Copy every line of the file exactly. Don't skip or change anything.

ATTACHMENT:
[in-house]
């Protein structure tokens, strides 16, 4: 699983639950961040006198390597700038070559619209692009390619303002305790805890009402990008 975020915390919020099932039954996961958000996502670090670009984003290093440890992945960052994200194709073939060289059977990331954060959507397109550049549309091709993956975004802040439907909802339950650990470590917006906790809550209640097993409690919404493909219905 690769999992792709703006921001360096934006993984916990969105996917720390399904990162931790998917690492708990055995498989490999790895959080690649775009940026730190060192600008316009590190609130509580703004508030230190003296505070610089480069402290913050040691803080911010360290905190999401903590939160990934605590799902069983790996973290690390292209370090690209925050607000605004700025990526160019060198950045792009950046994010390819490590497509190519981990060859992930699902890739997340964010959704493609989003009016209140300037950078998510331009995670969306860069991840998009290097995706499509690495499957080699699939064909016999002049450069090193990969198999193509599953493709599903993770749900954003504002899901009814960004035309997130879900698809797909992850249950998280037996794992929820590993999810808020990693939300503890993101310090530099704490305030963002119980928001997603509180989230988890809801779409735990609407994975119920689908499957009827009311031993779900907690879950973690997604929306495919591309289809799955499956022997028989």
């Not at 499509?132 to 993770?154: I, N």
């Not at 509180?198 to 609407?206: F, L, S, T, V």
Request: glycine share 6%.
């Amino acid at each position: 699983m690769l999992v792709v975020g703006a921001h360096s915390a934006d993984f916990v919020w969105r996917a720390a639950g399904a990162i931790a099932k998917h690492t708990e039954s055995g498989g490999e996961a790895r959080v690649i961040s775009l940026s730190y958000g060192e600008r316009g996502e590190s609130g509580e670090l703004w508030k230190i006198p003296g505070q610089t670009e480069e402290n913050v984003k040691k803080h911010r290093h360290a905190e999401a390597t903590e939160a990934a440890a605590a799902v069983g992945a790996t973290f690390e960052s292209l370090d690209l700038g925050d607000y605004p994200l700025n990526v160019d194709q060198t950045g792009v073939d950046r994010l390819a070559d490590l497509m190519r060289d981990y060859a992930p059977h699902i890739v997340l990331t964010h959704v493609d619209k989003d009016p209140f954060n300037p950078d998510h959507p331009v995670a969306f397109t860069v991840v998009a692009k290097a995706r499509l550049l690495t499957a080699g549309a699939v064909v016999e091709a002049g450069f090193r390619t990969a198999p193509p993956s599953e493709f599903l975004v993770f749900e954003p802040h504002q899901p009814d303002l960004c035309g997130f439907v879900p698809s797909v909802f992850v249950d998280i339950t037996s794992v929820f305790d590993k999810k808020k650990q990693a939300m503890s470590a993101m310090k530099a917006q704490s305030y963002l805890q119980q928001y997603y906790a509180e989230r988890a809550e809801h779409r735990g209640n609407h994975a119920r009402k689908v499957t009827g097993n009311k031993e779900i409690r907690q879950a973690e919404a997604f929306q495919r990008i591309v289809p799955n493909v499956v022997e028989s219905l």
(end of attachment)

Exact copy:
[in-house]
């Protein structure tokens, strides 16, 4: 699983639950961040006198390597700038070559619209692009390619303002305790805890009402990008 975020915390919020099932039954996961958000996502670090670009984003290093440890992945960052994200194709073939060289059977990331954060959507397109550049549309091709993956975004802040439907909802339950650990470590917006906790809550209640097993409690919404493909219905 690769999992792709703006921001360096934006993984916990969105996917720390399904990162931790998917690492708990055995498989490999790895959080690649775009940026730190060192600008316009590190609130509580703004508030230190003296505070610089480069402290913050040691803080911010360290905190999401903590939160990934605590799902069983790996973290690390292209370090690209925050607000605004700025990526160019060198950045792009950046994010390819490590497509190519981990060859992930699902890739997340964010959704493609989003009016209140300037950078998510331009995670969306860069991840998009290097995706499509690495499957080699699939064909016999002049450069090193990969198999193509599953493709599903993770749900954003504002899901009814960004035309997130879900698809797909992850249950998280037996794992929820590993999810808020990693939300503890993101310090530099704490305030963002119980928001997603509180989230988890809801779409735990609407994975119920689908499957009827009311031993779900907690879950973690997604929306495919591309289809799955499956022997028989």
């Not at 499509?132 to 993770?154: I, N």
């Not at 509180?198 to 609407?206: F, L, S, T, V």
Request: glycine share 6%.
């Amino acid at each position: 699983m690769l999992v792709v975020g703006a921001h360096s915390a934006d993984f916990v919020w969105r996917a720390a639950g399904a990162i931790a099932k998917h690492t708990e039954s055995g498989g490999e996961a790895r959080v690649i961040s775009l940026s730190y958000g060192e600008r316009g996502e590190s609130g509580e670090l703004w508030k230190i006198p003296g505070q610089t670009e480069e402290n913050v984003k040691k803080h911010r290093h360290a905190e999401a390597t903590e939160a990934a440890a605590a799902v069983g992945a790996t973290f690390e960052s292209l370090d690209l700038g925050d607000y605004p994200l700025n990526v160019d194709q060198t950045g792009v073939d950046r994010l390819a070559d490590l497509m190519r060289d981990y060859a992930p059977h699902i890739v997340l990331t964010h959704v493609d619209k989003d009016p209140f954060n300037p950078d998510h959507p331009v995670a969306f397109t860069v991840v998009a692009k290097a995706r499509l550049l690495t499957a080699g549309a699939v064909v016999e091709a002049g450069f090193r390619t990969a198999p193509p993956s599953e493709f599903l975004v993770f749900e954003p802040h504002q899901p009814d303002l960004c035309g997130f439907v879900p698809s797909v909802f992850v249950d998280i339950t037996s794992v929820f305790d590993k999810k808020k650990q990693a939300m503890s470590a993101m310090k530099a917006q704490s305030y963002l805890q119980q928001y997603y906790a509180e989230r988890a809550e809801h779409r735990g209640n609407h994975a119920r009402k689908v499957t009827g097993n009311k031993e779900i409690r907690q879950a973690e919404a997604f929306q495919r990008i591309v289809p799955n493909v499956v022997e028989s219905l």